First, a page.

• THE EFFECTS OF PERSONALITY DISORDER TRAITS ON INDIVIDUAL THERAPY OUTCOMES IN INDIVIDUALS AT CLINICAL HIGH RISK FOR SCHIZOPHRENIA

    Author:
    Kathryn Byars
    Year of Dissertation:
    2013
    Program:
    Psychology
    Advisor:
    Michele Galietta
    Abstract:

    Despite a high prevalence of comorbid personality disorder traits in those considered to be high risk (or prodromal) for schizophrenia (Woods et al., 2009), and the known negative effects of personality disorders on treatment in schizophrenia (e.g., Tyrer et al., 2000), little is known regarding the effect of personality disorder traits on the treatment of prodromal individuals. Using a ten-year sample from the Recognition and Prevention (RAP) Program at Zucker Hillside Hospital in New York, this dissertation used retrospective, naturalistic methods to investigate personality disorder traits and the ways in which these traits affected both the assessment and the treatment of prodromal symptoms. Results did not support that personality disorder traits moderated treatment outcomes, but did support that particular treatment techniques were used more often with certain personality traits (e.g., borderline personality disorder) or symptom severities. In addition, it was found that, overall, particular treatment techniques were associated with reductions in negative symptoms, but not with positive symptom or global functioning changes. Results also indicated that aspects of the suspiciousness and hallucinations scales from the Structured Interview for Prodromal Syndromes (SIPS) were associated with personality traits and not predictive of transition to psychosis. These results suggest that treatment planning could use symptom presentation on intake to determine the most effective treatment techniques. Further research is required to further the diagnostic and predictive ability of assessment measures, including the important determination of whether currently considered prodromal symptoms may be better accounted for by personality traits.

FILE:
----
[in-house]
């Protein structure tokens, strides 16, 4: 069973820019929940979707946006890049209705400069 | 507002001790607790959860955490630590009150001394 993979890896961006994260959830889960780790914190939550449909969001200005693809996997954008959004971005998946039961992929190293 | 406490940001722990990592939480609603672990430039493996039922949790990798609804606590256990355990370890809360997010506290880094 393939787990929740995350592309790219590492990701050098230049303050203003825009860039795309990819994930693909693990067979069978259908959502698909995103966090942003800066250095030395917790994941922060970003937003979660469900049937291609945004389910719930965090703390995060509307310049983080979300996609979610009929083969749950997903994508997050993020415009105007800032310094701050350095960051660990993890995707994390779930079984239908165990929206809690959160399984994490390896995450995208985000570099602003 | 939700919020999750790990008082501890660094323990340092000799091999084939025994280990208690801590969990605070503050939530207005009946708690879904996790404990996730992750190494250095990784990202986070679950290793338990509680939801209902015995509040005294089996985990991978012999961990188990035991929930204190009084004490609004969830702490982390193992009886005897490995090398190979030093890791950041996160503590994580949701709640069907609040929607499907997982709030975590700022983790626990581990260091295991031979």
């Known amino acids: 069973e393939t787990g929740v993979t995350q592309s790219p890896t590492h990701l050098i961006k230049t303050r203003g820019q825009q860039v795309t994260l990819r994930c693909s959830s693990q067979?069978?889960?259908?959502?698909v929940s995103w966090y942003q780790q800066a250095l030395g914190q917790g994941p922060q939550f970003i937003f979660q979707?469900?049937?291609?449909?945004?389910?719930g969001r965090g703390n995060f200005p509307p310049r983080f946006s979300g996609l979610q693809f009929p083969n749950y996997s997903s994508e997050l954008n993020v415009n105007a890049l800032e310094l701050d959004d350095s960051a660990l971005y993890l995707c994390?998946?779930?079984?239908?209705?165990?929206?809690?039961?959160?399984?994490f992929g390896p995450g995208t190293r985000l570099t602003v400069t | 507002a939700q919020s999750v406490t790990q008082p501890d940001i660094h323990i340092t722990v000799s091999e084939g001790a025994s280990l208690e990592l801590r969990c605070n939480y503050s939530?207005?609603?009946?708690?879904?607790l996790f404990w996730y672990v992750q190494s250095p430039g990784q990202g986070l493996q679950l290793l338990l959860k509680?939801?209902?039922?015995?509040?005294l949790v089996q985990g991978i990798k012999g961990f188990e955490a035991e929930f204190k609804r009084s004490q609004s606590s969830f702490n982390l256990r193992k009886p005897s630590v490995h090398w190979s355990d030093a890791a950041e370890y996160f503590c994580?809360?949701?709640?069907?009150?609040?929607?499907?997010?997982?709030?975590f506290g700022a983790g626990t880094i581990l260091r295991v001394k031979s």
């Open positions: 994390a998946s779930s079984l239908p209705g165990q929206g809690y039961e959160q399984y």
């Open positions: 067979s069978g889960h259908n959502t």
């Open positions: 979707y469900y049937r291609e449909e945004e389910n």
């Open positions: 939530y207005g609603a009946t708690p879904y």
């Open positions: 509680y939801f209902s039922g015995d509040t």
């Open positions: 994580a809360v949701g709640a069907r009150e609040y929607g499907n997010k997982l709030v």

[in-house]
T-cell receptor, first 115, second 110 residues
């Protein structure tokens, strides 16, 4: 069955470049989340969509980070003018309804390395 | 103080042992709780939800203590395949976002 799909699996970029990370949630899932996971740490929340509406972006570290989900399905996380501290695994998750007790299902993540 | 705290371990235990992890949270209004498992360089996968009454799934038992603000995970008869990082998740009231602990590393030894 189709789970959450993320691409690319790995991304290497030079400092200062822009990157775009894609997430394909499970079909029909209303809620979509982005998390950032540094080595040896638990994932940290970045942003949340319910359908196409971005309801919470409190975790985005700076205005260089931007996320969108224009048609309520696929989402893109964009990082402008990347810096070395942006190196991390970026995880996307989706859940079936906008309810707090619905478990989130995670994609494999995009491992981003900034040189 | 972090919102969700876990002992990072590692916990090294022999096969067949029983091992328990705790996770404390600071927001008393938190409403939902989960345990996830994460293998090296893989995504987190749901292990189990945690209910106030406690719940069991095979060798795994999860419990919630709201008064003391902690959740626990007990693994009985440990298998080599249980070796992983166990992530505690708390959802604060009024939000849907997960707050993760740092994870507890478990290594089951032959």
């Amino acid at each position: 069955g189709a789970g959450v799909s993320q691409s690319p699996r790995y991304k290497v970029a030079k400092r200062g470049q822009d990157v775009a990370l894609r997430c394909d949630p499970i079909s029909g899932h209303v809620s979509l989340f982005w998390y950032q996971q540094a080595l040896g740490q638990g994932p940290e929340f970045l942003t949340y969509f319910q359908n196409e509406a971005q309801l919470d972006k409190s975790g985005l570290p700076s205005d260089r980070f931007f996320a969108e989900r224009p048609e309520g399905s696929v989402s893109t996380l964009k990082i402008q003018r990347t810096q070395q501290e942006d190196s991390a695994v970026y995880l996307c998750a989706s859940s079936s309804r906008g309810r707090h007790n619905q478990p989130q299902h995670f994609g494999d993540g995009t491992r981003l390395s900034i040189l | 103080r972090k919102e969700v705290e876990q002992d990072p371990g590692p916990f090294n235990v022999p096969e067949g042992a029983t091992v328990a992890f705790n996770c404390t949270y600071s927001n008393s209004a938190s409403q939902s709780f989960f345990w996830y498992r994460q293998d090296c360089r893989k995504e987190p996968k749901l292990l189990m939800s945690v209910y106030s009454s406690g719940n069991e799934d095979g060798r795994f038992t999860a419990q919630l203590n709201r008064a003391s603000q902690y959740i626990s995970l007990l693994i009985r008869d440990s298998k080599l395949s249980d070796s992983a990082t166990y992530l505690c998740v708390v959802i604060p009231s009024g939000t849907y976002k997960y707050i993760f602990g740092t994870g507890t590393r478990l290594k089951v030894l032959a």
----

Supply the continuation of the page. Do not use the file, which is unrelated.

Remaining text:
• Making Music in Latino Charlotte: Politics and Community Formation in a Globalizing City

    Author:
    Samuel Byrd
    Year of Dissertation:
    2012
    Program:
    Anthropology
    Advisor:
    Ida Susser
    Abstract:

    "Making Music in Latino Charlotte: Politics and Community Formation in a Globalizing City" examines how Latina/o immigrant musicians and their audiences form local communities centered around music-making that link to hemispheric social networks and operate within the context of global flows of capital, labor, and cultural practices. Drawing on ethnographic data collected from 2008-2011, I place musical communities in the context of Charlotte's political economy and document how musicians and audiences create musical community. Residential segregation, class divisions, and tensions around race and ethnicity divide Charlotte's Latin music scene into three districts that loosely correspond to genre categories of regional mexicano, música tropical, and Latin rock. Musical genre distinguishes between different social groups within the Latino population, marking class, ethnic, linguistic, and status difference, but also facilitating collaboration between groups with common experiences. Working musicians labor in the vulnerable context of immigration crackdowns, low-paying, contingent jobs, and varied class-based views on training and professionalism. The study analyzes how musicians engage with politics in their music and personal lives, revealing a relative lack of overt political activism among working musicians, because of their multiple vulnerabilities. Yet, musicians carefully consider political questions through storytelling and meta-discourse about music, and, through the everyday act of making music, recognize themselves as a group having agency. Latino cultural festivals reveal how community organizations market latinidad, drawing musicians and their labor practices into debates about cultural production and consumption. Local musicians draw on the agency they form through making music in Charlotte to engage with the uneven terrain of the global Latin music industry. I analyze what Charlotte`s Latin music scene means for a conceptualization of the city as a center of music-making, for Southern literature, and for the future of Latino music in the US South.